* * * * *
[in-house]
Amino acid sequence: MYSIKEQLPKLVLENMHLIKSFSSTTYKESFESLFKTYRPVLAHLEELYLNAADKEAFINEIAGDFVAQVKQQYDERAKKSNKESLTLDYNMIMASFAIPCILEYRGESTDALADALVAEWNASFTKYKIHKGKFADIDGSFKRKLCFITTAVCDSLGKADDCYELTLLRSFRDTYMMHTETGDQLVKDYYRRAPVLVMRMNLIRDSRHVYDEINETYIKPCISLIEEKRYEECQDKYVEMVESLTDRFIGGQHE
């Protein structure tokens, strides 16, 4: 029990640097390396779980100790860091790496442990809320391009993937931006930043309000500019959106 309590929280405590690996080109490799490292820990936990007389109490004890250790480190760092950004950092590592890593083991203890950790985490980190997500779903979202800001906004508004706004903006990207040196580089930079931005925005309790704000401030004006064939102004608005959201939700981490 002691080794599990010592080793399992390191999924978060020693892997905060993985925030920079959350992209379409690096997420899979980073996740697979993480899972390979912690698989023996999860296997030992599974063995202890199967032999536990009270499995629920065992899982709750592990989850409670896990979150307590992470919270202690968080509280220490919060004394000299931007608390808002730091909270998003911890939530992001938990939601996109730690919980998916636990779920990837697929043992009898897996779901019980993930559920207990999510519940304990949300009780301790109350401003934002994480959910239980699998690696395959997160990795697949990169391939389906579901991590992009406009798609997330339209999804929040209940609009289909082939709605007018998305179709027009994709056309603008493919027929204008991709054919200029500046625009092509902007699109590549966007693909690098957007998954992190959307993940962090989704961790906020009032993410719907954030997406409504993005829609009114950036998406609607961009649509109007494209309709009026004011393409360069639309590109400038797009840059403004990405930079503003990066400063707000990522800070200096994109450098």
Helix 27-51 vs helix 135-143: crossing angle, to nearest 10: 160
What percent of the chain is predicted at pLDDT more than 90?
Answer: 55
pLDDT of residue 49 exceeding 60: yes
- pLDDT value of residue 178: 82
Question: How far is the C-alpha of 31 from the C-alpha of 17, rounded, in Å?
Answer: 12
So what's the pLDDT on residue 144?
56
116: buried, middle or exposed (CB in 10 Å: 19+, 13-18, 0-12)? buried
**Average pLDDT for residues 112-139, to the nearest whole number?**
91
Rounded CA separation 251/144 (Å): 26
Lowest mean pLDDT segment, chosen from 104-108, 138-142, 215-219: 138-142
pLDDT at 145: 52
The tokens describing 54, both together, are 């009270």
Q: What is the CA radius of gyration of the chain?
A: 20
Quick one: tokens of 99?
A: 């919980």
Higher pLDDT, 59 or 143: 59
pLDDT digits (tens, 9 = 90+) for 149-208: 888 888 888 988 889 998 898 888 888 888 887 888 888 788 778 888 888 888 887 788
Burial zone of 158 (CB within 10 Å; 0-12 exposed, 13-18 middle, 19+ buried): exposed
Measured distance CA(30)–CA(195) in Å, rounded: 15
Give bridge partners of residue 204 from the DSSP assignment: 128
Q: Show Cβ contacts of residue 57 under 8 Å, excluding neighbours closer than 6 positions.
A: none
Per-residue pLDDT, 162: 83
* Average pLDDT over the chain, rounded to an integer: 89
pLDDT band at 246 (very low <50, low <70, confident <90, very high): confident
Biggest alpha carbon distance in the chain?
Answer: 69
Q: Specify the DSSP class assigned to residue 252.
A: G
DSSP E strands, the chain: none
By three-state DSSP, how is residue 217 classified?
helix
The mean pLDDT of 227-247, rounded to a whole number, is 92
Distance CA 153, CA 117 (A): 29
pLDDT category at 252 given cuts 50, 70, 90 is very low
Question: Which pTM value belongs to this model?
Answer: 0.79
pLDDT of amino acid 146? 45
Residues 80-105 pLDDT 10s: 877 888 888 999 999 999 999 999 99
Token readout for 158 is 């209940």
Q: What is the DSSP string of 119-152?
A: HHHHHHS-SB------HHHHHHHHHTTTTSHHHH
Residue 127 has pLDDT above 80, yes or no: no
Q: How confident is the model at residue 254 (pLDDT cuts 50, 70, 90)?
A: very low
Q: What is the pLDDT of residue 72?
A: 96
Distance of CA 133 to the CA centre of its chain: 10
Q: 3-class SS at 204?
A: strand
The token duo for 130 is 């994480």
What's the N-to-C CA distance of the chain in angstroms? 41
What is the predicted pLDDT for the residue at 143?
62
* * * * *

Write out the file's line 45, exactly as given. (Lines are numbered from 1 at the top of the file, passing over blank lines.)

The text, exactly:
Answer: 0.79